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Monday, August 27, 2012

Crisis In Mali


Alexis Arieff
Analyst in African Affairs

Kelly Johnson
Research Associate


The West African country of Mali is mired in overlapping crises. A military coup overthrew Mali’s democratically elected government in March 2012 and insurgent groups seized its vast and sparsely populated northern territory. Al Qaeda in the Islamic Maghreb (AQIM), a regional criminal-terrorist network and U.S.-designated Foreign Terrorist Organization, has expanded its presence in the north, along with two other radical Islamist organizations and the remnants of an ethnic Tuareg separatist group. The factors that drove these developments were complex; among them was the collapse of Muammar al Qadhafi’s regime in Libya, which sparked the return of Tuareg combatants to Mali and a reported surge in regional weapons flows.

Congress influences U.S. policy toward Mali through the authorization and appropriation of foreign aid and through its oversight activities. The prospect of an expanded safe-haven for AQIM and other extremists and criminal actors in Mali is a principal concern of U.S. policymakers, as it presents a serious threat to regional security and, potentially, to Western targets and interests in the region. The United States and other international actors are also concerned about the humanitarian implications of the turmoil in Mali: the conflict in the north has displaced over 420,000 people and placed additional pressures on an already dire regional food security emergency. To date, the interim government and military remain in disarray, while political rivalry and limited capacity have hindered efforts to forge an effective regional response.

The situation in Mali challenges U.S. goals of promoting stability, democracy, civilian control of the military, and effective counterterrorism in Africa, and raises questions regarding the strategic design and effectiveness of existing U.S. efforts to do so. Policymakers continue to debate whether, and how, the United States should respond to Mali’s crisis as it evolves. At present, U.S. policy seeks the return of a legitimate government in the south, and supports efforts led by the Economic Community of West African States (ECOWAS) to mediate a way out of Mali’s political collapse and contain violent extremism from spreading more widely in the region. The United States may provide support for an eventual ECOWAS stabilization force, depending on its scope and with the consent of Mali’s interim government; to date, State Department officials have called on ECOWAS to better articulate its plans and needs for the mission. Direct U.S. assistance to the Malian security forces—in addition to several other types of foreign aid—has been suspended in line with congressionally mandated restrictions triggered by the coup. The aid suspensions do not include humanitarian assistance, including for health and food security, of which the United States is a leading provider in Mali and the region.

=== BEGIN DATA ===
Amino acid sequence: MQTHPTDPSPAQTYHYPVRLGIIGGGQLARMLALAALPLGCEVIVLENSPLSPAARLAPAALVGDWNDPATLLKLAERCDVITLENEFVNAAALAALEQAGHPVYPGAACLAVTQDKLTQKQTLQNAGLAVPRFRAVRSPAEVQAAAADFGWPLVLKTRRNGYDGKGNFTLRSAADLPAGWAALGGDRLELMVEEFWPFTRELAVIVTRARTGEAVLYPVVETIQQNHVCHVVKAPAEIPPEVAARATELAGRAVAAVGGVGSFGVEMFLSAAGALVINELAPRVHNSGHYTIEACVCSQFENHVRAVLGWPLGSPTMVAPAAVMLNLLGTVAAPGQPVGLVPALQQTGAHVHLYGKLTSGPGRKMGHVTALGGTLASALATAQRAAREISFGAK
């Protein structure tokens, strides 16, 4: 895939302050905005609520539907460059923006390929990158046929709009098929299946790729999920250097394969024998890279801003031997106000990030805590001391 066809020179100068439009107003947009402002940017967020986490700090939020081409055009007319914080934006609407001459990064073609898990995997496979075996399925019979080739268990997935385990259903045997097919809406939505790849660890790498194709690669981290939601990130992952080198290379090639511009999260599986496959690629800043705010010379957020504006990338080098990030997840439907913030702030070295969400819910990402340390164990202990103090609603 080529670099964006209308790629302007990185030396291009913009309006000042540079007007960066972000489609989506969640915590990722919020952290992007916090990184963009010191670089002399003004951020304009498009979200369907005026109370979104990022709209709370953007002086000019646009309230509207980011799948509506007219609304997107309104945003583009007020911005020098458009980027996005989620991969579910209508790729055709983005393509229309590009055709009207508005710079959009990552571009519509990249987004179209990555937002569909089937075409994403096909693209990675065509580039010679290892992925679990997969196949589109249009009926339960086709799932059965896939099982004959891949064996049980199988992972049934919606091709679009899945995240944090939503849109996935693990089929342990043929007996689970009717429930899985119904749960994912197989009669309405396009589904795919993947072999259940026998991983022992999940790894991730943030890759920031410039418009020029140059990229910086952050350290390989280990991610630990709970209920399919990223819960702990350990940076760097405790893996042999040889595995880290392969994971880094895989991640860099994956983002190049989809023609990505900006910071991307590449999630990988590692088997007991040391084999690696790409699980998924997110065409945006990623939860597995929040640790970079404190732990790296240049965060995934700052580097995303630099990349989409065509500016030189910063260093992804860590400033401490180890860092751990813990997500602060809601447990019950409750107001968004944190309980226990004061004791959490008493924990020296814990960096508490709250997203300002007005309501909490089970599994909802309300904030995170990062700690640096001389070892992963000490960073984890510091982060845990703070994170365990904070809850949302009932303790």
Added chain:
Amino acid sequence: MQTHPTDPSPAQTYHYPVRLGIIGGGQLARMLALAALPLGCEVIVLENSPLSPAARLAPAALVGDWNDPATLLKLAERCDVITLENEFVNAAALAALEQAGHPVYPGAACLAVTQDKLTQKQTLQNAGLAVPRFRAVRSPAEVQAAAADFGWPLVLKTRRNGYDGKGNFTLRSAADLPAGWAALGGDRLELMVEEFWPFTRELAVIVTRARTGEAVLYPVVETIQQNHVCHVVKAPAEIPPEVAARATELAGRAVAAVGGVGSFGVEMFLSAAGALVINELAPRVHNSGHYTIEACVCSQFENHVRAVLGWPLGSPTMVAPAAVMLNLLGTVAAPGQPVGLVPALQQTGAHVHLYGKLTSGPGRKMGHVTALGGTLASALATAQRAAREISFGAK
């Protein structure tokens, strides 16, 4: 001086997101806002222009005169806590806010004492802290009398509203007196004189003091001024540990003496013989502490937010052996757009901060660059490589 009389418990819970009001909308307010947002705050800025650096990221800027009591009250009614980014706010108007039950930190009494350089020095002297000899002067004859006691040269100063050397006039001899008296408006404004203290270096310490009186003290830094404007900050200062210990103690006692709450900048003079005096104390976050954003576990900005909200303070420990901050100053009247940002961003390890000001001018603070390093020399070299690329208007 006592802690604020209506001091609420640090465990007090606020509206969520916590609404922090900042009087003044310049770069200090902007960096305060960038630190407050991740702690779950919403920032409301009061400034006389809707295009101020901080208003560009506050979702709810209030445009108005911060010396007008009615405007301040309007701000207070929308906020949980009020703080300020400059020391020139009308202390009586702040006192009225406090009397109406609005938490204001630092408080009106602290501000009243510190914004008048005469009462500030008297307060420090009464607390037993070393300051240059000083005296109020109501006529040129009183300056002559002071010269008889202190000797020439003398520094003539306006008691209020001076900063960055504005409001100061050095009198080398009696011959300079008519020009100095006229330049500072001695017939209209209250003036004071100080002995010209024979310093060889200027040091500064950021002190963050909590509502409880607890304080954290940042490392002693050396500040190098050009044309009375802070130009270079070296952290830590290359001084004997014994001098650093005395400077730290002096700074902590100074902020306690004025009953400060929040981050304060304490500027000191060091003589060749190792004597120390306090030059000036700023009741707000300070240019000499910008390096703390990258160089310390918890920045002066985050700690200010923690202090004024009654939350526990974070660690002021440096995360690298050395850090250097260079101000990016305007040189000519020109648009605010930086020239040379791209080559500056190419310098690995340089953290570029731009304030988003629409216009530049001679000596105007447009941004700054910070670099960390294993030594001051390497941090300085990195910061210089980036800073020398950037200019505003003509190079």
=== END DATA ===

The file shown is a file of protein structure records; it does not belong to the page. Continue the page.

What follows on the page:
With regard to the current crises, Congress may consider issues related to U.S. and international aid to Mali, support for ECOWAS, and humanitarian assistance in response to evolving conditions in the Sahel. Congress may also consider the possible implications of the situation in Mali for the design, emphasis, and evaluation of U.S. counterterrorism and good governance efforts in Africa.



Date of Report: August 16, 2012
Number of Pages: 19
Order Number: R42664
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Wednesday, August 22, 2012

Libya: Transition and U.S. Policy


Christopher M. Blanchard
Specialist in Middle Eastern Affairs

Libya’s post-conflict transition is underway, as Libyans work to consolidate change from the 40- year dictatorship of Muammar al Qadhafi to a representative government based on democratic and Islamic principles. On July 7, 2012, Libyan voters chose 200 members of a General National Congress (GNC) in the country’s first nationwide election in nearly 50 years. The GNC will oversee national government affairs, appoint a new cabinet, and determine the method for selecting members of a drafting committee to prepare a new constitution. If voters approve a constitution in a national referendum, then new elections are to be held by mid-2013, bringing a nearly two-year transition process to a close.

In the wake of the July election, Libya’s interim leaders remain answerable to a wide range of locally and regionally organized activists, locally elected and appointed committees, prominent personalities, tribes, militias, and civil society groups seeking to shape the transition and safeguard the revolution’s achievements. The shift from an appointed interim government to elected leaders may provide the government more democratic legitimacy and better enable it to make decisions in key areas, such as security, fiscal affairs, and post-conflict justice and reconciliation. Libyans are debating the proper balance of local, regional, and national authority and the proper role for Islam in political and social life.

Security conditions are mostly stable, although armed non-state groups continue to operate in many areas of the country amid periodic flare-ups in a number of local conflicts. In some cases, these groups work to provide security in coordination with national authorities and in other cases they operate on an independent basis. Interim leaders have issued orders calling for armed groups to hand over land and facilities to state authorities, and registration of former revolutionary fighters for recruitment and/or retraining is underway. It remains unclear whether armed groups will more fully embrace reintegration campaigns under the newly elected government.